If forgiving kills the hope of another
visit, I'm loath to consent"
"Come off your exalted perch, Jerry,"
she laughed. "I guess I'm forgiven.
Look here, I want you to help me to
get even with Julian Fletcher. He's
spoiling everything I write by sketch
ing me into the illustrations. I can't
imagine his motive."
"Perhaps you are his ideaL MosJ
artists feel they can do better with an
Ideal. And perhaps you didn't realize
it, but you're a very beautiful Ideal foS
any artist."
She reddened. "Jerry Page, I be
lieve you are .defending him! I don't
see why you should when he's tal^eu
the place you ought to have. He's the
most popular illustrator today^J-do be
lieve. And his things can't be com
pared with yours. Think of his putting
one girl Into evéry picture!"
"That's forgivable. We all do It.
We can't help It. You see, as I said,
we get one girl Into our head and It's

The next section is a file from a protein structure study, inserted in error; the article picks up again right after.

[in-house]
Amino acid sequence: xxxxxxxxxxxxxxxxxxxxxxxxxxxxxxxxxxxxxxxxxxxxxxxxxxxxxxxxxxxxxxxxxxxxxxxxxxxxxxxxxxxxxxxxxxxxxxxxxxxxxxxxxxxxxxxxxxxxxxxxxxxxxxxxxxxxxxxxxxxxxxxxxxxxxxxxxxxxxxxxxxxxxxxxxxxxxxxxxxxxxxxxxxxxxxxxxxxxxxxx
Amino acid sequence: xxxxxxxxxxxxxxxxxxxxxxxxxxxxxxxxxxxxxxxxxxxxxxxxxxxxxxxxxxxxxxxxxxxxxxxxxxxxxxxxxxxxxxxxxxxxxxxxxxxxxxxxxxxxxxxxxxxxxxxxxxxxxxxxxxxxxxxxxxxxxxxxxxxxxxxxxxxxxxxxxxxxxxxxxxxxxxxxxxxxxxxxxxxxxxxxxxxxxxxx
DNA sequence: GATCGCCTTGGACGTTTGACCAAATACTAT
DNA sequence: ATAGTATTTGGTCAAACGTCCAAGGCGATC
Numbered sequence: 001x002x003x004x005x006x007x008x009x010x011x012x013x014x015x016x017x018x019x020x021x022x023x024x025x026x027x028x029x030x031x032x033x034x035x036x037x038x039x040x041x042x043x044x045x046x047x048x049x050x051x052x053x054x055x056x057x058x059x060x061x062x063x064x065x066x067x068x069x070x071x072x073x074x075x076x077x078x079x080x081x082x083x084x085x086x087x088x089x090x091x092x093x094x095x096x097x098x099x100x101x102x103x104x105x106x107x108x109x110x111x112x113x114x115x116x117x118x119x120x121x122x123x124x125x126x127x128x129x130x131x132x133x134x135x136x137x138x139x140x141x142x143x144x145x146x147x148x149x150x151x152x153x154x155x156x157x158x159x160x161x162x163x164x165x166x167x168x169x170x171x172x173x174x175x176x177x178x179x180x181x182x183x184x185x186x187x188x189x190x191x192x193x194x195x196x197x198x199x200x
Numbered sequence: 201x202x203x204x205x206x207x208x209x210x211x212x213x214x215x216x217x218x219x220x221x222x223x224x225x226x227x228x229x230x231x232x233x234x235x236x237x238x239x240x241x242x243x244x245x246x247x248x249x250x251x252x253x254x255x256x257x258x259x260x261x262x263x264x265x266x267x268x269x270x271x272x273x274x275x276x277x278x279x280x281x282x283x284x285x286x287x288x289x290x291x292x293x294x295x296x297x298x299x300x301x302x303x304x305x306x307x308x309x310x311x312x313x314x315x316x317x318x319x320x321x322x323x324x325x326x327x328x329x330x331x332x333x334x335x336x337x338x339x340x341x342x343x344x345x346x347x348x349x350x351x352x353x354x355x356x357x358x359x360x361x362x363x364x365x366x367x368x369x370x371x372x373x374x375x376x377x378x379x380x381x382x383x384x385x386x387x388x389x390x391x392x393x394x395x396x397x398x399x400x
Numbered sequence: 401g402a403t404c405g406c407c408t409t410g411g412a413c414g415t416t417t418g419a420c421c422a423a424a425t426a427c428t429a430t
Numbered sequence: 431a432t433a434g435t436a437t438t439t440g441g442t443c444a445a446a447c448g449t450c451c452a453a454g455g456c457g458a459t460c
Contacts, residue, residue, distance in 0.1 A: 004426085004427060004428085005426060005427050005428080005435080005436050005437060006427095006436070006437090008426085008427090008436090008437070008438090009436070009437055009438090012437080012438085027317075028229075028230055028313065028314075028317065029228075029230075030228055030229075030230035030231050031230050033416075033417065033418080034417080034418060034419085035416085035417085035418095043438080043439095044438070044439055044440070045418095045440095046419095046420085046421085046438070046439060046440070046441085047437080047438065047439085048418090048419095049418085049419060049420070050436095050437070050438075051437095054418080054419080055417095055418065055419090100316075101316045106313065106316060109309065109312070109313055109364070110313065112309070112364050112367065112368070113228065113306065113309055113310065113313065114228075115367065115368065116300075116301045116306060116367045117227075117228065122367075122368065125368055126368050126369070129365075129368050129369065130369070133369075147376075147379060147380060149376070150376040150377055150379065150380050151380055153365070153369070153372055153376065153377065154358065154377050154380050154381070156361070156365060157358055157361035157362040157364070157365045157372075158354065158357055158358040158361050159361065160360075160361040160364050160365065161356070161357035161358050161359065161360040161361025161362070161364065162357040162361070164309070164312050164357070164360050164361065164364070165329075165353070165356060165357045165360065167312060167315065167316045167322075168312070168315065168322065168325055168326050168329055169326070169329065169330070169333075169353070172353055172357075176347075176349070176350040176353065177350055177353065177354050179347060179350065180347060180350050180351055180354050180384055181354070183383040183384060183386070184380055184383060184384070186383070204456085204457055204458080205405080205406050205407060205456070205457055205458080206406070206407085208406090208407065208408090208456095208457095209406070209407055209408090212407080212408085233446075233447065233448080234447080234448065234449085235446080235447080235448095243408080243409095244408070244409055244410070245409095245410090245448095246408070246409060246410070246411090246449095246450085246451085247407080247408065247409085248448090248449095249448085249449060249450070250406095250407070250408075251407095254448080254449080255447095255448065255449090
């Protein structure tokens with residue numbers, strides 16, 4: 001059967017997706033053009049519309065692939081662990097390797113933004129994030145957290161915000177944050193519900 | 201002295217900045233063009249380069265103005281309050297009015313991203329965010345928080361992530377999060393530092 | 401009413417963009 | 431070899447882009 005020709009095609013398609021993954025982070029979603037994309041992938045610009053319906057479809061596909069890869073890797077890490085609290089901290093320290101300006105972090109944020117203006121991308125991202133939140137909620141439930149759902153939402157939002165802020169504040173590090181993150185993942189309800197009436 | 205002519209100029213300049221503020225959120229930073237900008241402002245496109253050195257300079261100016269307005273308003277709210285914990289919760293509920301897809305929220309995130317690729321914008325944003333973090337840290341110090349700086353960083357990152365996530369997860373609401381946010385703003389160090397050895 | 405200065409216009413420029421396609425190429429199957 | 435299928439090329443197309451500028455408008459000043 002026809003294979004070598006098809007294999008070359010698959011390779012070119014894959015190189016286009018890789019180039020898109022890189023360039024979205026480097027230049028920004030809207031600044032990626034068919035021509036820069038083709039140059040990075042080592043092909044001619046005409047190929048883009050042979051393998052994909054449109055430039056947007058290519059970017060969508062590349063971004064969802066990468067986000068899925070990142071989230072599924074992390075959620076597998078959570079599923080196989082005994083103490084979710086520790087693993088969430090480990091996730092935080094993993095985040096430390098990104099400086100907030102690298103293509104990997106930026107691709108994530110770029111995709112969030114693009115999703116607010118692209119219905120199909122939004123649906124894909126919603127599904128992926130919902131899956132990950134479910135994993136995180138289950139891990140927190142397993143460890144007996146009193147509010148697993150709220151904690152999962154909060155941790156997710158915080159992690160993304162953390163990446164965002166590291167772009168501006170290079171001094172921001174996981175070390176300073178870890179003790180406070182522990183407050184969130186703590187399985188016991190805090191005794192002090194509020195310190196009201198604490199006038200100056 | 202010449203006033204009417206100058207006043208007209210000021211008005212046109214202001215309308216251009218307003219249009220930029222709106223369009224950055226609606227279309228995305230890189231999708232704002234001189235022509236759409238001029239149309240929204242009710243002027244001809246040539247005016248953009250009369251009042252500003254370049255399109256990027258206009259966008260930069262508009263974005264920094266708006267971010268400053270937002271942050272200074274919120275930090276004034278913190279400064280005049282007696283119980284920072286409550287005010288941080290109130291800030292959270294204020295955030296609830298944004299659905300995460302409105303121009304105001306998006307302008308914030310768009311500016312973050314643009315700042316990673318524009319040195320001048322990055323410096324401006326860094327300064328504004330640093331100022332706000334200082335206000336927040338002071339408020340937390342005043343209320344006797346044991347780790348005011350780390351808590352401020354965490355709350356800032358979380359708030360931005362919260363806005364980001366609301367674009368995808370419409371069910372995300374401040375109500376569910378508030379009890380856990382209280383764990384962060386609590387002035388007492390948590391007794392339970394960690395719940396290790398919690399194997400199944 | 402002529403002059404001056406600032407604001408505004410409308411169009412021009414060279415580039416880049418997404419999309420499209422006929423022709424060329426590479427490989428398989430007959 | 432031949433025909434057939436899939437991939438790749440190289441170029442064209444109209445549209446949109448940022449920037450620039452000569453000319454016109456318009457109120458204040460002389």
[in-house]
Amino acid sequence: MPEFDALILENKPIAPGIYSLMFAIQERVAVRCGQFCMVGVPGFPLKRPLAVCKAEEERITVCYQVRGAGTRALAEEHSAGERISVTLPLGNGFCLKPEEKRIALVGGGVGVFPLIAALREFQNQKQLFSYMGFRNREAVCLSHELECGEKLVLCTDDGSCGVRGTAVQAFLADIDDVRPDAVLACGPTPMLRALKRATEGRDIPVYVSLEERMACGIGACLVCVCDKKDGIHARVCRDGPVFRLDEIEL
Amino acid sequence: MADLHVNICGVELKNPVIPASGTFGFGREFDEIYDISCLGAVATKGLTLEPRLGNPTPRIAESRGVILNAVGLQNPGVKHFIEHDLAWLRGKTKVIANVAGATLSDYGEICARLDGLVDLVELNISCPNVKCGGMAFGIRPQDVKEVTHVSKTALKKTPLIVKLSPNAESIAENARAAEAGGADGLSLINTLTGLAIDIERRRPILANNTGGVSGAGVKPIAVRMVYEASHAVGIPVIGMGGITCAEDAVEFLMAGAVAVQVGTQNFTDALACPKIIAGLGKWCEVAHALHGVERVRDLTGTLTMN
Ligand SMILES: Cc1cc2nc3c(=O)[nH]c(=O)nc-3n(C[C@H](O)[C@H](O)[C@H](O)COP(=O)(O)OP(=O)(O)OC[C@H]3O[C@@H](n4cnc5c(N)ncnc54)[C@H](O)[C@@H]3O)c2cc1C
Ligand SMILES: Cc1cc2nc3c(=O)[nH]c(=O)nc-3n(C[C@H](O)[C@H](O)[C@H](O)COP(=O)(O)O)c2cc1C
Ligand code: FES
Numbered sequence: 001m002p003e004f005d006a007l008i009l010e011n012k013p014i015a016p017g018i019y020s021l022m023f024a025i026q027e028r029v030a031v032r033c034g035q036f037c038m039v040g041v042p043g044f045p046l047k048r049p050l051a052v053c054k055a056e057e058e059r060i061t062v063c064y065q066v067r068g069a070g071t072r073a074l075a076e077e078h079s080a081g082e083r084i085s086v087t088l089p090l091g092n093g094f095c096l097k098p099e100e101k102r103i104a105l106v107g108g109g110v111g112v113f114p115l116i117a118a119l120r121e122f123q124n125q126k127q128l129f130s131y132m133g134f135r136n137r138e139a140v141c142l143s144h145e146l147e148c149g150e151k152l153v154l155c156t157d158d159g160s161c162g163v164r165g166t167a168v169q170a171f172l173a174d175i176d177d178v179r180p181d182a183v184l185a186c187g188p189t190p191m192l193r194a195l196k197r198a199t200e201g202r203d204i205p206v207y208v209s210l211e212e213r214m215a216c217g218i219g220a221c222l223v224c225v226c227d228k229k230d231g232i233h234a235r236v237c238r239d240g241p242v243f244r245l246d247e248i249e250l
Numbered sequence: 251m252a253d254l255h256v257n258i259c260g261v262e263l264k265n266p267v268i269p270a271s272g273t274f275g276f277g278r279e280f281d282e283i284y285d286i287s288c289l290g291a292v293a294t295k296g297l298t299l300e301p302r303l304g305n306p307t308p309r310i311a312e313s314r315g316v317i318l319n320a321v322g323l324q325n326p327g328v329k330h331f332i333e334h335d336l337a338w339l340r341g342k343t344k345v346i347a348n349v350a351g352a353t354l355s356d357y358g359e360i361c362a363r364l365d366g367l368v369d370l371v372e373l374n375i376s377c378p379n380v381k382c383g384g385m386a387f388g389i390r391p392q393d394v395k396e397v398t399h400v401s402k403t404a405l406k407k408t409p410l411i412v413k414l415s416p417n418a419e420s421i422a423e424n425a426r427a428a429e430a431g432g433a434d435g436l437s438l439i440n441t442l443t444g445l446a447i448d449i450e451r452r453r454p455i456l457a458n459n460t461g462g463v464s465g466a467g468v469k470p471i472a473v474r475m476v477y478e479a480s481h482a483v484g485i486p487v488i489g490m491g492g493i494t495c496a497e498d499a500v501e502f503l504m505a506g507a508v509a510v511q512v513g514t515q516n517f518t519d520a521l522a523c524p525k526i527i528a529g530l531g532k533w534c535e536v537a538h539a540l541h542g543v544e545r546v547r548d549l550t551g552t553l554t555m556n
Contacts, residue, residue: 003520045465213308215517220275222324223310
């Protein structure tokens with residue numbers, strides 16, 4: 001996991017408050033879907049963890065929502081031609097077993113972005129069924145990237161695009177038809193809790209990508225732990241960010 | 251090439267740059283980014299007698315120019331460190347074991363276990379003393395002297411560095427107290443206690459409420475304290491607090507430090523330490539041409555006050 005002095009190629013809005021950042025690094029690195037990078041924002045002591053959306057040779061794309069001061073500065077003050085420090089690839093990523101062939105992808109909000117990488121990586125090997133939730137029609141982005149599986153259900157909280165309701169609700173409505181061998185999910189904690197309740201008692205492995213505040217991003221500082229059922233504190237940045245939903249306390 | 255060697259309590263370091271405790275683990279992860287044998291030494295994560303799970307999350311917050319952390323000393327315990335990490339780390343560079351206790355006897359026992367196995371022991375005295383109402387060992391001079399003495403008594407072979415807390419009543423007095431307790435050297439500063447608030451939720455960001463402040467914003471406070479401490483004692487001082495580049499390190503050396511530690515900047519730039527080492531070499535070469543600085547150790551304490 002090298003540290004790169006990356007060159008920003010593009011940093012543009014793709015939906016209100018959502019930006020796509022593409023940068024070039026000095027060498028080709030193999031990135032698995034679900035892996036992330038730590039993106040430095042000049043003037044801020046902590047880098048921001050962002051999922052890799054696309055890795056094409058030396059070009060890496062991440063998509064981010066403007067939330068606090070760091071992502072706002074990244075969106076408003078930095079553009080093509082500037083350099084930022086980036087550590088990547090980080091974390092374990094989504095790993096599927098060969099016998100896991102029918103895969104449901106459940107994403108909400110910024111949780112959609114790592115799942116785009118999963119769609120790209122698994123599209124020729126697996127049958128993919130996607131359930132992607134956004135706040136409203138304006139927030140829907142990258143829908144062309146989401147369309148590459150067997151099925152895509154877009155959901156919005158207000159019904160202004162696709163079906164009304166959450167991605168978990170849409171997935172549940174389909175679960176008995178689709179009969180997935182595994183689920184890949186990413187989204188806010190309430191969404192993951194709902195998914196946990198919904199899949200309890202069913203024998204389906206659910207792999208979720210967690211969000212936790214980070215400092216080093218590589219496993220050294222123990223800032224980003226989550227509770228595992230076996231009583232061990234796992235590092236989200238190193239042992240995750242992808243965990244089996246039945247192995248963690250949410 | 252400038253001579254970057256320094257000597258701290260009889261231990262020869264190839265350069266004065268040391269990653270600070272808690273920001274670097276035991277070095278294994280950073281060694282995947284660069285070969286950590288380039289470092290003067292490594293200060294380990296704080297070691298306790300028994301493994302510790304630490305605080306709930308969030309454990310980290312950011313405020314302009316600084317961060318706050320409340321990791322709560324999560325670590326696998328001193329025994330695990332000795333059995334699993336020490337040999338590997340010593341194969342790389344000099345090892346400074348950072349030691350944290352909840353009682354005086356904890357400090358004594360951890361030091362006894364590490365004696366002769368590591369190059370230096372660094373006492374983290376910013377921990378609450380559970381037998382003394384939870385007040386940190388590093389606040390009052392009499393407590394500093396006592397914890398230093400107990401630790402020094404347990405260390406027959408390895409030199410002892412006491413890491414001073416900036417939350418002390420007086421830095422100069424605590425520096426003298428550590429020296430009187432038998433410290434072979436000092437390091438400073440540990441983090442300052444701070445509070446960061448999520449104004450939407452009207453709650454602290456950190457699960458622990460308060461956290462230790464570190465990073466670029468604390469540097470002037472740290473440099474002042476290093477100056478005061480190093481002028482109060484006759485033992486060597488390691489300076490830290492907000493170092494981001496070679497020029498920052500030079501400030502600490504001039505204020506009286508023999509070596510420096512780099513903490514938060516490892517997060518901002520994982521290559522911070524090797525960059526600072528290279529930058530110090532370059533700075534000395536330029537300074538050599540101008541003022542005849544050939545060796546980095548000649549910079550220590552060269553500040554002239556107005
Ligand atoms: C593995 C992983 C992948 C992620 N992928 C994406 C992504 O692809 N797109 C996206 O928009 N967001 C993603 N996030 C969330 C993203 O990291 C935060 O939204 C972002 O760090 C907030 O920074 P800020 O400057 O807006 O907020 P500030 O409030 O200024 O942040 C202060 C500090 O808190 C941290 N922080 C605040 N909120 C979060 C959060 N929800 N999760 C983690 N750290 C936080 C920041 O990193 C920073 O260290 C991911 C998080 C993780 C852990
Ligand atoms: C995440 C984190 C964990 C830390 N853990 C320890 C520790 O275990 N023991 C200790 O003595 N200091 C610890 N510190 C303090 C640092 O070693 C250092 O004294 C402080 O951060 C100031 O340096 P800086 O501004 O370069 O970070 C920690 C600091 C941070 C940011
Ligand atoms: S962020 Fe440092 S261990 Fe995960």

all up, we can't see anything else."
"But he hasn't got me Into his head.
I never even saw him."
"Yes, Kate, dear, you did. You're
looking straight at him."
"Jerry !"
"Surest thing you know."
"You're Julian Fletcher?"
"But you don't—you haven't got me
—I mean—"
"Yes I have. I've got you In my head
and my heart all the time. I couldn't
tell you In the old days when all I
could afford was an occasional meal.
But I love you, Kate, and I want you.
And In all your dear stories I see only
yon. Now what vengeance will XfiU
have?" y.
She considered a minute, then Into
her gray eyes returned the teasing
smile of the stairway glrL